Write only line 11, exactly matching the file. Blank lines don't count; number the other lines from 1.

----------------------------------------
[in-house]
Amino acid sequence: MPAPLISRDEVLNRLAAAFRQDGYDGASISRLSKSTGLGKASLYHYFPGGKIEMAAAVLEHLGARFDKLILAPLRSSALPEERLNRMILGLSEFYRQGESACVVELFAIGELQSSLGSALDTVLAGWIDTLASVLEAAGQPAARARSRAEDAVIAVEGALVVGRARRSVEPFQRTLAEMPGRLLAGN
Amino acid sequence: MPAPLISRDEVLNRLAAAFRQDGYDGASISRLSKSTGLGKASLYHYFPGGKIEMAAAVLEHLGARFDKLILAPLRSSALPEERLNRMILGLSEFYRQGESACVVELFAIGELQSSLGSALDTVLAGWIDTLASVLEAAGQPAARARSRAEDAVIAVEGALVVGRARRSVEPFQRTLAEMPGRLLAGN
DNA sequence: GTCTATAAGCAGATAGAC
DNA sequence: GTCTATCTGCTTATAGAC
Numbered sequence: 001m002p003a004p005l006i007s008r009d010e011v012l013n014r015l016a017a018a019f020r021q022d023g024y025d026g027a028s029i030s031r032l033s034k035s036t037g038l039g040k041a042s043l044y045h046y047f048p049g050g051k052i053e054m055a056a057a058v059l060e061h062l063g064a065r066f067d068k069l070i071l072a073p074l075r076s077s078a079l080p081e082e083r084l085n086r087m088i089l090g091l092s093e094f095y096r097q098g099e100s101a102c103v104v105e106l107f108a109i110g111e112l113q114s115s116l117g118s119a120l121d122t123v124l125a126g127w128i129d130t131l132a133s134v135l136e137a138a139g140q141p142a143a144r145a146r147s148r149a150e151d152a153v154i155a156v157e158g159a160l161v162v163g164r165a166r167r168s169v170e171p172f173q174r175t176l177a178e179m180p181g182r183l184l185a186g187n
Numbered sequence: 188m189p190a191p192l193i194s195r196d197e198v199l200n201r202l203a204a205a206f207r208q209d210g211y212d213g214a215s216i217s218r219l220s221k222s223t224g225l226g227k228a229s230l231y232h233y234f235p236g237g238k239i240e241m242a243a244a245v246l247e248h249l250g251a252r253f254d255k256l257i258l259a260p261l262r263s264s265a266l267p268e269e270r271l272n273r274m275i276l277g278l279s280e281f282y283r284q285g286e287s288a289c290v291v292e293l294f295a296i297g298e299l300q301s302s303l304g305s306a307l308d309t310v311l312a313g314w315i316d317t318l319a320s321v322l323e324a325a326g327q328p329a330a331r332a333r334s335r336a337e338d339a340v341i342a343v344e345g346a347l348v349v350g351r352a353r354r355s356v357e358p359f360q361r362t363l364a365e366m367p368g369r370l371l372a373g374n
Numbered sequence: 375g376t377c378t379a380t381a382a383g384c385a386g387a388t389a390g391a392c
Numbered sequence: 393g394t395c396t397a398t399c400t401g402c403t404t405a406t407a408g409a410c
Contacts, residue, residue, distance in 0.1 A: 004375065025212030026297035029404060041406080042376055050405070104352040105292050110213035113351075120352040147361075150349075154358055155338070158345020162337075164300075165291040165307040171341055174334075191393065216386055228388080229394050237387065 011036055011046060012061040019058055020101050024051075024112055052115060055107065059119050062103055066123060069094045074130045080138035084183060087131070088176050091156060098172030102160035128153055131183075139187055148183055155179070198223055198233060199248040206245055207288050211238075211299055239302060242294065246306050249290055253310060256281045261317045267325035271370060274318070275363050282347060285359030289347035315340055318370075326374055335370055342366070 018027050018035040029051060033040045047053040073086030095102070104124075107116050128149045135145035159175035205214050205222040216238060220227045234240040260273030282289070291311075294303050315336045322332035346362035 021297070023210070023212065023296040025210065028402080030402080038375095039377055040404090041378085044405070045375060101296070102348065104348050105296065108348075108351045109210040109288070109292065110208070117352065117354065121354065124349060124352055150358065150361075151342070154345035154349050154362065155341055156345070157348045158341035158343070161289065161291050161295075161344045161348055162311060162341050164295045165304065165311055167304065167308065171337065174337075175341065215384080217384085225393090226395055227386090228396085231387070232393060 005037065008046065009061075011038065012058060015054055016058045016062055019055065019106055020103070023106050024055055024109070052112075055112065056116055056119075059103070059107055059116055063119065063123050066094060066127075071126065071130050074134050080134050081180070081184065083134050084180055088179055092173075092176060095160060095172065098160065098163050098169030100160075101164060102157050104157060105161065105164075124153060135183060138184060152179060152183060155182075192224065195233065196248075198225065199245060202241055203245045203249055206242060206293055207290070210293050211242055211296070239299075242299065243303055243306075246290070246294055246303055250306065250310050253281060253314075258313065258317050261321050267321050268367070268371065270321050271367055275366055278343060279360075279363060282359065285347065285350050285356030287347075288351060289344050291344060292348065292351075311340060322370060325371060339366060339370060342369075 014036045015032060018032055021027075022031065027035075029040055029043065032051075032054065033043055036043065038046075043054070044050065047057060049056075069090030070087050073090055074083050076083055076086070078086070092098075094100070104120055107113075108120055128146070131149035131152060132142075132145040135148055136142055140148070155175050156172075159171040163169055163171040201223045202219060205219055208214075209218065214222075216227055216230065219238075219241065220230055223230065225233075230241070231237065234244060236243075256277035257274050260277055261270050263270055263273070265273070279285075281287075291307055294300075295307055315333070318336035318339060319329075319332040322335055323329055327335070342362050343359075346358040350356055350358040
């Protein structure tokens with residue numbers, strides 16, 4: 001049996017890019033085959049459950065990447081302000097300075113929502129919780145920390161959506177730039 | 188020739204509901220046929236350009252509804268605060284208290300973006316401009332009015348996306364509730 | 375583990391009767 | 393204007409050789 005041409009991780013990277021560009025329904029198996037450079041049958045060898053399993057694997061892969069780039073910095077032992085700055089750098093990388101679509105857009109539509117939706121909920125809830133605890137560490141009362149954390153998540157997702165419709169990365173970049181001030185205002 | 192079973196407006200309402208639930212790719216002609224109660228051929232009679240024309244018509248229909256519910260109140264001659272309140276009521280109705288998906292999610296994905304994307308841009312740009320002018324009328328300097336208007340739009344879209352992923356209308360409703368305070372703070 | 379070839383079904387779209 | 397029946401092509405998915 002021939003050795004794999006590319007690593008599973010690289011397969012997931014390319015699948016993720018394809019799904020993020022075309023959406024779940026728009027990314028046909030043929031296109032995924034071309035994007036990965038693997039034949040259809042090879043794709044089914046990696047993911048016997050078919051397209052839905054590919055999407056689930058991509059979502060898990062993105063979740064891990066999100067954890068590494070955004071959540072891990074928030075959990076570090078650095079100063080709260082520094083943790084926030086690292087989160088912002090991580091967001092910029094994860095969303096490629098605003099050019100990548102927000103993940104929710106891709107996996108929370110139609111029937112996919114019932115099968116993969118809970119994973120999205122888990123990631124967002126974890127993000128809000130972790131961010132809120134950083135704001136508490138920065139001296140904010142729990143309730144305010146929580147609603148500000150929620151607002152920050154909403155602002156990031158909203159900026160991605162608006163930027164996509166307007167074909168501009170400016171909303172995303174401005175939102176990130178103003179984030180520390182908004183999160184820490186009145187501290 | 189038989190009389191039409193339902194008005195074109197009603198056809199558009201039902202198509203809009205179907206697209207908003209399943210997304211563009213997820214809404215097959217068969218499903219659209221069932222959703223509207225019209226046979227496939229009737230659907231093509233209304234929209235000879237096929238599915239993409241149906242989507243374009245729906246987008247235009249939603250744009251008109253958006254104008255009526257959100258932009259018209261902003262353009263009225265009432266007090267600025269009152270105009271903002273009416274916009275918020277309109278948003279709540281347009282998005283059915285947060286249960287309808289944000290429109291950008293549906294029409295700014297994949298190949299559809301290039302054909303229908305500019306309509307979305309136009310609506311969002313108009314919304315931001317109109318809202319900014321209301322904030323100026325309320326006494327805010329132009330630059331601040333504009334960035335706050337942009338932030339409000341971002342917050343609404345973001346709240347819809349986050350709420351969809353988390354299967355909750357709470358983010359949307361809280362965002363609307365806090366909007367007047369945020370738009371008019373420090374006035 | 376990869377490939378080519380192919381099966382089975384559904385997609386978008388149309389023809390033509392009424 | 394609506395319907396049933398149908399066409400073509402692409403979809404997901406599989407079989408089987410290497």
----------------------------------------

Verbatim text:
């Protein structure tokens with residue numbers, strides 16, 4: 001049996017890019033085959049459950065990447081302000097300075113929502129919780145920390161959506177730039 | 188020739204509901220046929236350009252509804268605060284208290300973006316401009332009015348996306364509730 | 375583990391009767 | 393204007409050789 005041409009991780013990277021560009025329904029198996037450079041049958045060898053399993057694997061892969069780039073910095077032992085700055089750098093990388101679509105857009109539509117939706121909920125809830133605890137560490141009362149954390153998540157997702165419709169990365173970049181001030185205002 | 192079973196407006200309402208639930212790719216002609224109660228051929232009679240024309244018509248229909256519910260109140264001659272309140276009521280109705288998906292999610296994905304994307308841009312740009320002018324009328328300097336208007340739009344879209352992923356209308360409703368305070372703070 | 379070839383079904387779209 | 397029946401092509405998915 002021939003050795004794999006590319007690593008599973010690289011397969012997931014390319015699948016993720018394809019799904020993020022075309023959406024779940026728009027990314028046909030043929031296109032995924034071309035994007036990965038693997039034949040259809042090879043794709044089914046990696047993911048016997050078919051397209052839905054590919055999407056689930058991509059979502060898990062993105063979740064891990066999100067954890068590494070955004071959540072891990074928030075959990076570090078650095079100063080709260082520094083943790084926030086690292087989160088912002090991580091967001092910029094994860095969303096490629098605003099050019100990548102927000103993940104929710106891709107996996108929370110139609111029937112996919114019932115099968116993969118809970119994973120999205122888990123990631124967002126974890127993000128809000130972790131961010132809120134950083135704001136508490138920065139001296140904010142729990143309730144305010146929580147609603148500000150929620151607002152920050154909403155602002156990031158909203159900026160991605162608006163930027164996509166307007167074909168501009170400016171909303172995303174401005175939102176990130178103003179984030180520390182908004183999160184820490186009145187501290 | 189038989190009389191039409193339902194008005195074109197009603198056809199558009201039902202198509203809009205179907206697209207908003209399943210997304211563009213997820214809404215097959217068969218499903219659209221069932222959703223509207225019209226046979227496939229009737230659907231093509233209304234929209235000879237096929238599915239993409241149906242989507243374009245729906246987008247235009249939603250744009251008109253958006254104008255009526257959100258932009259018209261902003262353009263009225265009432266007090267600025269009152270105009271903002273009416274916009275918020277309109278948003279709540281347009282998005283059915285947060286249960287309808289944000290429109291950008293549906294029409295700014297994949298190949299559809301290039302054909303229908305500019306309509307979305309136009310609506311969002313108009314919304315931001317109109318809202319900014321209301322904030323100026325309320326006494327805010329132009330630059331601040333504009334960035335706050337942009338932030339409000341971002342917050343609404345973001346709240347819809349986050350709420351969809353988390354299967355909750357709470358983010359949307361809280362965002363609307365806090366909007367007047369945020370738009371008019373420090374006035 | 376990869377490939378080519380192919381099966382089975384559904385997609386978008388149309389023809390033509392009424 | 394609506395319907396049933398149908399066409400073509402692409403979809404997901406599989407079989408089987410290497």